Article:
The prescribed drug belongs to the class of penicillin like antibiotics which

The prescribed drug belongs to the class of

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therapy for adults who are not allergic to penicillin (DeCastro, Mims, & Hueston, 2014). The prescribed drug belongs to the class of penicillin-like antibiotics, which works by discontinuing
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COMMON COLD TREATMENT CASE STUDY 4 the growth of bacteria. Amoxicillin binds to penicillin-binding proteins, thus inhibiting final transpeptidation step of peptidoglycan synthesis in bacterial cell walls; the addition of clavulanate inhibits beta-lactamase-producing bacteria, allowing amoxicillin extended the spectrum of action. It is a semisynthetic antibiotic with a broad range of bactericidal activity, covering both gram-negative and gram-positive microorganisms. His dose of amoxicillin- clavulanate is 875 mg/125 mg orally twice daily for seven days. It comes in different oral forms such as tablets, chewable tablets, extended-release tablets, and suspension. The half-life is 1-1.5 hours. The drug is metabolized in liver and excreted in urine. As for the contraindications, the drug should not be used by patients are hypersensitive to penicillin (Woo & Robinson, 2015). It is also contraindicated in patients with carbapenem hypersensitivity, cephalosporin hypersensitivity, eczema, urticaria, and asthma. It needs to be used with caution in those patients with pre-existing hepatic disease and monitor liver function during therapy (amoxicillin/clavulanate potassium, 2018). Some of the adverse drug reactions associated with this medication include serum sickness, vasculitis, angioedema, seizures, insomnia, dizziness, lightheadedness, headaches, nausea, vomiting, gas, diarrhea, and dizziness among other effects. Currently, there’s no black box warning for amoxicillin/clavulanate. 4.Would this treatment vary if Mr. JD was a ten-year-old 78 lb child? Include the classof the medication, mechanism of action, dosing, route, the half-life; how it is metabolized in and eliminated from the body; and contraindications and black box warnings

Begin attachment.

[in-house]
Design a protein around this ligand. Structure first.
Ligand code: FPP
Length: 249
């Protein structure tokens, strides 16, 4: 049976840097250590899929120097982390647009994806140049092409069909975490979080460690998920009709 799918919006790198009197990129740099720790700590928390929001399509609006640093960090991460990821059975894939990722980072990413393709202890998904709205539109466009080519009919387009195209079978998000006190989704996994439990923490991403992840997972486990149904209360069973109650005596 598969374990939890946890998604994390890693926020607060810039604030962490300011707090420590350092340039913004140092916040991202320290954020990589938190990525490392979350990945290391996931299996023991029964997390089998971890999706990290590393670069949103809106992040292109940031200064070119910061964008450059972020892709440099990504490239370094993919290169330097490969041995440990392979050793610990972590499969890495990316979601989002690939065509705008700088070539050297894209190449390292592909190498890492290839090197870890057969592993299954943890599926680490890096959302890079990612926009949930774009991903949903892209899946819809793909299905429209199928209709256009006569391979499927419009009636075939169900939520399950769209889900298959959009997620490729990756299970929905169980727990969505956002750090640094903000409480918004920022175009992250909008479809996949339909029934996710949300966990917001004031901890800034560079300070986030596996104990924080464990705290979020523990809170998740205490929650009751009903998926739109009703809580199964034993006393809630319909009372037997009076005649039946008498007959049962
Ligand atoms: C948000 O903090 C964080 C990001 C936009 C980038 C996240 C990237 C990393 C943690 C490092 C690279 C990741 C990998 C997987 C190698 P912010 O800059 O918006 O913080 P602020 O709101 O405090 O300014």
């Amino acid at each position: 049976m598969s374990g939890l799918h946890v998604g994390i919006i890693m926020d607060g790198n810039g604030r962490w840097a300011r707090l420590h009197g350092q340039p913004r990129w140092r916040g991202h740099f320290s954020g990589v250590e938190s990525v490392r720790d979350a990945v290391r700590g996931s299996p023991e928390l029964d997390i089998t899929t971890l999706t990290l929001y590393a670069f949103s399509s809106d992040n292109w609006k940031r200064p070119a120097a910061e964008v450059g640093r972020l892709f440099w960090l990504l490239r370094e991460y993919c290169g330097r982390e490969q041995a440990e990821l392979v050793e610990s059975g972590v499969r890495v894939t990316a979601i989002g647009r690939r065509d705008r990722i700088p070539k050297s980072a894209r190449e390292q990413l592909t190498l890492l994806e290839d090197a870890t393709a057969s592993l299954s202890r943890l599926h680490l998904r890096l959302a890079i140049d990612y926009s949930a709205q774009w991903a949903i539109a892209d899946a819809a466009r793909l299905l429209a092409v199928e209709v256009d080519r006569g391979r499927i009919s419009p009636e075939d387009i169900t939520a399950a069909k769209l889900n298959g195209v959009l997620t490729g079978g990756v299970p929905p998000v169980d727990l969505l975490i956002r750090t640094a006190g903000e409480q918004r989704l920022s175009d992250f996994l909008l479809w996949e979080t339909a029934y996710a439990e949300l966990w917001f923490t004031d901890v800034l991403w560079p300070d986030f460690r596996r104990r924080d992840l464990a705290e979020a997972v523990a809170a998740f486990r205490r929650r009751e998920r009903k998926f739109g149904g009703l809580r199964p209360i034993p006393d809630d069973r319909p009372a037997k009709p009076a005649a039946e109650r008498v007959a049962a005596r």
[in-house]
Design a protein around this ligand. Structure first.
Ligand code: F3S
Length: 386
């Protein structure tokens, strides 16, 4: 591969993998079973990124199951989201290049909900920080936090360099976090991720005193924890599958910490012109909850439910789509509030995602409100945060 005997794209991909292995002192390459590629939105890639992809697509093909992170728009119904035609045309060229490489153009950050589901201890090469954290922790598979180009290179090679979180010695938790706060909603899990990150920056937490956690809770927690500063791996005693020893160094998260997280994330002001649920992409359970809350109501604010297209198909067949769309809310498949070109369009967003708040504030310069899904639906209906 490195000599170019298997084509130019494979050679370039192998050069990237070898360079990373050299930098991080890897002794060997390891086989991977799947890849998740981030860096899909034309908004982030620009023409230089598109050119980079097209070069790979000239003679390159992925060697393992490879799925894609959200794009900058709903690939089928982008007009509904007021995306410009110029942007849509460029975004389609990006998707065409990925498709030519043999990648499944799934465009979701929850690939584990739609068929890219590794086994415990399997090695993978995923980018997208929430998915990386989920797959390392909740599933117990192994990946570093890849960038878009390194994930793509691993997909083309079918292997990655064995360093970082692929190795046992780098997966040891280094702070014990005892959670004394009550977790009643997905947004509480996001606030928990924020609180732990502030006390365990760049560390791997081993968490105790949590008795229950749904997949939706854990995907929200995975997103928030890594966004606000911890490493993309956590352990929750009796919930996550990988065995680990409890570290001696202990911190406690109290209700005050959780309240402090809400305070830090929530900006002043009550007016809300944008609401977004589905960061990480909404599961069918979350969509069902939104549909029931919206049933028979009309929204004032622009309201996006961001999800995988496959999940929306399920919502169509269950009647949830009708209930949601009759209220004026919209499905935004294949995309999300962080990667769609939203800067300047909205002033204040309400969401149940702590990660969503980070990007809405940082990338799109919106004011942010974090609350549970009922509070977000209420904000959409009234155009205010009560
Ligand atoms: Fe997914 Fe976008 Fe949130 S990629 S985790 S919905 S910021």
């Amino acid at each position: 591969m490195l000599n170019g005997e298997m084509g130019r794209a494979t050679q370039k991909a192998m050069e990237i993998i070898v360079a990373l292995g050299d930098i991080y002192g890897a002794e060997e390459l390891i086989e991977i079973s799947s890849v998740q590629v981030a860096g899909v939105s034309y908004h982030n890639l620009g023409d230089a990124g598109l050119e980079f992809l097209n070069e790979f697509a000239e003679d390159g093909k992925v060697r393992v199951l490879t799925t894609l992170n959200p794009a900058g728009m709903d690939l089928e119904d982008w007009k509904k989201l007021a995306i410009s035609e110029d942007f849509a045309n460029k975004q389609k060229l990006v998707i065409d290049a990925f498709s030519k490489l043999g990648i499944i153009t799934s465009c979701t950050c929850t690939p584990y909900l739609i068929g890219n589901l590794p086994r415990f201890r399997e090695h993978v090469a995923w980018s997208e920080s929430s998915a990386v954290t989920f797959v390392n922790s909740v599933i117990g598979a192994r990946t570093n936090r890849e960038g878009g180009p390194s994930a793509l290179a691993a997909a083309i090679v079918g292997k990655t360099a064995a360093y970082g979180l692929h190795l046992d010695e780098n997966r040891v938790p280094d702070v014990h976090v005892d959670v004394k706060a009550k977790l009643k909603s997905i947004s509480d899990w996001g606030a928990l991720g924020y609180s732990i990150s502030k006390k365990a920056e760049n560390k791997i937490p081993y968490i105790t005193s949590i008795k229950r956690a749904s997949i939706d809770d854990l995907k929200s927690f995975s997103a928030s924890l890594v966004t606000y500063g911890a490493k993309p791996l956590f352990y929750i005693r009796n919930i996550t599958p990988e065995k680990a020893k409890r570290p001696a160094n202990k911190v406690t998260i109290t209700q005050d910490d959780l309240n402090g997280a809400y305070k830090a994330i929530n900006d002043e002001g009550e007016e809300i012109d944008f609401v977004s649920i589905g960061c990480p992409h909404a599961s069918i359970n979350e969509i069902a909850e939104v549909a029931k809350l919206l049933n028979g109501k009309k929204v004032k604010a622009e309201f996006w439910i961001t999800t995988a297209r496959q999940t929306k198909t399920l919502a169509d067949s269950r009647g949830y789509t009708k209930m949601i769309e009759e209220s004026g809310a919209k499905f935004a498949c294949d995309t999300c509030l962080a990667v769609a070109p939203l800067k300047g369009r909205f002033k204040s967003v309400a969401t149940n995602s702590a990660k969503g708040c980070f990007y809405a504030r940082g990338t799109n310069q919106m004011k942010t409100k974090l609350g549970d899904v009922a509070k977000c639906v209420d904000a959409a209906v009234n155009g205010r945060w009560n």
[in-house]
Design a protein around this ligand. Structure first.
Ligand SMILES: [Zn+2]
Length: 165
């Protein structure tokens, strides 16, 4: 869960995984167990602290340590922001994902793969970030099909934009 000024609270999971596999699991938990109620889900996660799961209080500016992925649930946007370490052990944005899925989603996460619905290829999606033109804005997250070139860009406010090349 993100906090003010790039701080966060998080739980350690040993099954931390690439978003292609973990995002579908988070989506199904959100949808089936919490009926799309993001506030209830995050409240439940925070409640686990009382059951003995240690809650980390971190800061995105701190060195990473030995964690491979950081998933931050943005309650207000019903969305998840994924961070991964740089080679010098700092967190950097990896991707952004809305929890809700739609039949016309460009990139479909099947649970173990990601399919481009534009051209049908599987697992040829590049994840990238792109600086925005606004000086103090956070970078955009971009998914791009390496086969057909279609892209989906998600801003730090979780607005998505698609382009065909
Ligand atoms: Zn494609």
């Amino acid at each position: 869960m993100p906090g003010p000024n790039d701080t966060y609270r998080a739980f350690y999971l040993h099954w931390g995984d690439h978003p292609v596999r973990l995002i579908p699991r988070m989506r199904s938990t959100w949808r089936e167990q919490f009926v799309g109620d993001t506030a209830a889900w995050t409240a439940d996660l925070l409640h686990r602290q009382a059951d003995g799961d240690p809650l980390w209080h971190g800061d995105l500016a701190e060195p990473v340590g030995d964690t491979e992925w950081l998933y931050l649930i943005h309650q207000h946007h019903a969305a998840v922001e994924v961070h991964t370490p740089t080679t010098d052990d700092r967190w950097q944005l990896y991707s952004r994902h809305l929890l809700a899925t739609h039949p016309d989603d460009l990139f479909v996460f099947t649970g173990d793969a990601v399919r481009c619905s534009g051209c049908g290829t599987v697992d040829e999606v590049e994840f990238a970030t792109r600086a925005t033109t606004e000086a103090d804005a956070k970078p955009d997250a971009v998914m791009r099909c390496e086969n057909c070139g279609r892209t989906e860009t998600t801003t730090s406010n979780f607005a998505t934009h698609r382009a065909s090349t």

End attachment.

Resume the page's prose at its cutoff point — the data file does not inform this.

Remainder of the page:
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  • Fall '17
  • Henry
  • Common cold, nasal congestion, Sinusitis, Advanced Pharmacology, Treatment Case Study, NSG6005, SUO PHARM, Nursing6005, Fnp6005, COLD TREATMENT CASE, COMMON COLD TREATMENT

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